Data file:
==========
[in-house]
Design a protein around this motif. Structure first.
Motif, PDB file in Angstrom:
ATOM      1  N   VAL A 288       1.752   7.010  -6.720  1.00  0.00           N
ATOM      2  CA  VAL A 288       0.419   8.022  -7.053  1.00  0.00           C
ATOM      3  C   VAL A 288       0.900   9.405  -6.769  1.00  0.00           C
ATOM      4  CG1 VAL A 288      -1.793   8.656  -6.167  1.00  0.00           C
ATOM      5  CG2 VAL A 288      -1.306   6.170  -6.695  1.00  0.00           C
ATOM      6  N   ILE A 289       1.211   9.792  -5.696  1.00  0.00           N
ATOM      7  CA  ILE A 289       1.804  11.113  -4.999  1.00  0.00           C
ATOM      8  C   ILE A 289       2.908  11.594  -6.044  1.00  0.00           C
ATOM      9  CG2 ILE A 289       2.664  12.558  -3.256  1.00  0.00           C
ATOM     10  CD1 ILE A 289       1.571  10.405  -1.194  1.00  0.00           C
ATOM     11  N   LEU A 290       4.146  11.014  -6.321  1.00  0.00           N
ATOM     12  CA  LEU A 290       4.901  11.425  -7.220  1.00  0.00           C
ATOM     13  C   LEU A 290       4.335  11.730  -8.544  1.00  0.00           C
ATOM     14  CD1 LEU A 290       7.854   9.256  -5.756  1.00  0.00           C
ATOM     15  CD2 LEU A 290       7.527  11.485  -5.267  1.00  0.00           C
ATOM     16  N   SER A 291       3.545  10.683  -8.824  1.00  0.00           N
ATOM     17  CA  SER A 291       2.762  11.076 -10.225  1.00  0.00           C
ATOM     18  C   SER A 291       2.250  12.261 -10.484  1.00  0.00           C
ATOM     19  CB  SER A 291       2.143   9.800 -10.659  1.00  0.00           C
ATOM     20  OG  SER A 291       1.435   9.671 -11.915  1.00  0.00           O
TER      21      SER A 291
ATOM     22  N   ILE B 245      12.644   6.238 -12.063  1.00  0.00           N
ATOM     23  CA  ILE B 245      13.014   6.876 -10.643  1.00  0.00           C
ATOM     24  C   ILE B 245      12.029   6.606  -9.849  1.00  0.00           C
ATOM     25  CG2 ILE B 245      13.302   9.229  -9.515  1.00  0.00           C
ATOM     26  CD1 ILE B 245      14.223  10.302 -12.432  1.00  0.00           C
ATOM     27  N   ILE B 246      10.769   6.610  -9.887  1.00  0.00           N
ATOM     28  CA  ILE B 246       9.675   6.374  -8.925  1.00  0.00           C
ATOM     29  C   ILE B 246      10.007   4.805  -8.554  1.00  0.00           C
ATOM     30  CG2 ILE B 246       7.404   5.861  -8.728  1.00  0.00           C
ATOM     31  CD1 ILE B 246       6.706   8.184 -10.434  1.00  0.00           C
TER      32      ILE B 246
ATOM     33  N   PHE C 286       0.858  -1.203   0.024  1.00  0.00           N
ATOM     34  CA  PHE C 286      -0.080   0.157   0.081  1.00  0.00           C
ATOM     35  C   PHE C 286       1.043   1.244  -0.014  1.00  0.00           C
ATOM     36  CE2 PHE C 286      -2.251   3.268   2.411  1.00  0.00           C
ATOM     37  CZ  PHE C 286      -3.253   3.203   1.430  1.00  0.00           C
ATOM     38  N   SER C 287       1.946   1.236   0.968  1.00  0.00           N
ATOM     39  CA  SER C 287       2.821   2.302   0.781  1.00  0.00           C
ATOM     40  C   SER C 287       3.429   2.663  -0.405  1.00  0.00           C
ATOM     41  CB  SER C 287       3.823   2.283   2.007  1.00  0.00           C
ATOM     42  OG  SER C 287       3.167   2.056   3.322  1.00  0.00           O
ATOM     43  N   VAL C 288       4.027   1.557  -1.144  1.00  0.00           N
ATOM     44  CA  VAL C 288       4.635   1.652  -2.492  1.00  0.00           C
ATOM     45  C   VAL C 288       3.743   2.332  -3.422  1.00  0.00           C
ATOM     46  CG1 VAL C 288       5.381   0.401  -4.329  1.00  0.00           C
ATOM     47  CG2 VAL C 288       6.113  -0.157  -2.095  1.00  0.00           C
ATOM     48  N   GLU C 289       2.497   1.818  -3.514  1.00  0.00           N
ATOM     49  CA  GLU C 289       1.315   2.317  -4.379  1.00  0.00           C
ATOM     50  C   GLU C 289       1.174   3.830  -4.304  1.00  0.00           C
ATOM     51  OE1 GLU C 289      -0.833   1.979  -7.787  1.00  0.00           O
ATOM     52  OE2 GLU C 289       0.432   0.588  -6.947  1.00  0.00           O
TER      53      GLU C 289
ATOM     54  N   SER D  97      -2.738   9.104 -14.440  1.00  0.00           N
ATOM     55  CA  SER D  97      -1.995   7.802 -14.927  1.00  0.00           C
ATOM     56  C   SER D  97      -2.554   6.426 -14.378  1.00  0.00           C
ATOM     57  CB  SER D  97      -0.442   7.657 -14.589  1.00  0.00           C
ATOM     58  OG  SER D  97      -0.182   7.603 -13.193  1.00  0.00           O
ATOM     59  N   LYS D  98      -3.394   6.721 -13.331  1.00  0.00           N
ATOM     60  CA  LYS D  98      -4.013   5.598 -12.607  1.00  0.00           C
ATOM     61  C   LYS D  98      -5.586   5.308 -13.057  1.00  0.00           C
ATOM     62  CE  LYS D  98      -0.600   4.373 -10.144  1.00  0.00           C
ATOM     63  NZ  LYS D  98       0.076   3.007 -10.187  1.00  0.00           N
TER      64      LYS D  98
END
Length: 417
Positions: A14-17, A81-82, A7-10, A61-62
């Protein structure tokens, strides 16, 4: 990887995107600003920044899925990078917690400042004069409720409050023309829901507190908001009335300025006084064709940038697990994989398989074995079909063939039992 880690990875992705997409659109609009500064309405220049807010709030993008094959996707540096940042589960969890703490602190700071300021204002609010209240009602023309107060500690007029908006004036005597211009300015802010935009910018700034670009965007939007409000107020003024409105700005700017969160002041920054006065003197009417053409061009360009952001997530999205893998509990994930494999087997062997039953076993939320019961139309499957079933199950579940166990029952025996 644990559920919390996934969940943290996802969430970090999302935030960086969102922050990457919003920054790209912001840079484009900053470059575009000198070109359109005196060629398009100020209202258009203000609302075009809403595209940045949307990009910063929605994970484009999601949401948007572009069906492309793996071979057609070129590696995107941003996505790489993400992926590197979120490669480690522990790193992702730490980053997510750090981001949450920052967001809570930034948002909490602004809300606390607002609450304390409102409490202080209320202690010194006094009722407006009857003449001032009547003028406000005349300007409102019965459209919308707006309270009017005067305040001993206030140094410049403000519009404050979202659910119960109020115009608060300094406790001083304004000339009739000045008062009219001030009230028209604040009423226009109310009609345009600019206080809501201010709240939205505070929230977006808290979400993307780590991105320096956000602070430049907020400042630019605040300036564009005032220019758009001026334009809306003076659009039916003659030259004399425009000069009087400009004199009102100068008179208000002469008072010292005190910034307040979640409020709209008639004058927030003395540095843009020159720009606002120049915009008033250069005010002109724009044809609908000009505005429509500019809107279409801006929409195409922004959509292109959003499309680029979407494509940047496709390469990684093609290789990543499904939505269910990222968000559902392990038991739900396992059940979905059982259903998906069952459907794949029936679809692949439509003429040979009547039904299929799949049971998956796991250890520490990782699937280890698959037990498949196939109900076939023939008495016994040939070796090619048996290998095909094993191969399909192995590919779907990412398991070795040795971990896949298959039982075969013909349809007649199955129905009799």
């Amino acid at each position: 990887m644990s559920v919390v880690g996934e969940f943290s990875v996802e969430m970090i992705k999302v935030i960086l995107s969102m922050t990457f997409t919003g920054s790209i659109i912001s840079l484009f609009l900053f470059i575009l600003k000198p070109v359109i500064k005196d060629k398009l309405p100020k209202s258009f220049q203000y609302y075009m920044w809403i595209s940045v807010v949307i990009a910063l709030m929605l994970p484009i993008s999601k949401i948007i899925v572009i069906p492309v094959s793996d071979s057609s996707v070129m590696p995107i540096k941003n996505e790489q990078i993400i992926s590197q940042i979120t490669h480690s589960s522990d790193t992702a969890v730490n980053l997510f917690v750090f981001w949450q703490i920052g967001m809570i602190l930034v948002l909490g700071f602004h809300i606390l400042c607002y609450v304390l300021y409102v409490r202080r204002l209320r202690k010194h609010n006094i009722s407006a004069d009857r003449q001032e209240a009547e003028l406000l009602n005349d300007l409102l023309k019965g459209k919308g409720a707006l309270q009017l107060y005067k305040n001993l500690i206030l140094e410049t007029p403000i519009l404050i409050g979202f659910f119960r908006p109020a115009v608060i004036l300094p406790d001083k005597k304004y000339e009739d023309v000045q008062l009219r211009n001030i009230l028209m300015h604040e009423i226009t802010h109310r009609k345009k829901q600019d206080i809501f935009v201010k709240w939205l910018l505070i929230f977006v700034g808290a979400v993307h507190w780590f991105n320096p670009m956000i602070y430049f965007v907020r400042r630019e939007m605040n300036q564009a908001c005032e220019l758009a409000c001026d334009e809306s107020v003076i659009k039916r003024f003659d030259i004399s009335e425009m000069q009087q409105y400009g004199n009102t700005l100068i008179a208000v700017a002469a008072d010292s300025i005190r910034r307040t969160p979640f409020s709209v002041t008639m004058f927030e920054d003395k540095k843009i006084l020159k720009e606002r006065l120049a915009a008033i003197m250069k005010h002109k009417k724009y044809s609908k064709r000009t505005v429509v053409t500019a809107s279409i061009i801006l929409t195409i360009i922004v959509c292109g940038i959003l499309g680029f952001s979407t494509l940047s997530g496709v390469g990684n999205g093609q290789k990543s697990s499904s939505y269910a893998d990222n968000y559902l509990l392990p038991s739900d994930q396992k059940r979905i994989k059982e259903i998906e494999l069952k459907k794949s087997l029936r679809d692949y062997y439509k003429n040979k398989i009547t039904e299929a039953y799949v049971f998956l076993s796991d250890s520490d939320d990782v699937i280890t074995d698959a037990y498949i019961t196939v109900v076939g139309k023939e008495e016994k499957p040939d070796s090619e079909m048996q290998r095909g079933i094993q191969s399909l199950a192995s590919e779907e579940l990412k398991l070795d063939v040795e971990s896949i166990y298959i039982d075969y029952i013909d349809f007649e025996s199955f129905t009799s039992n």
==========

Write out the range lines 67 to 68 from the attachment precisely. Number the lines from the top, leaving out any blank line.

TER      64      LYS D  98
END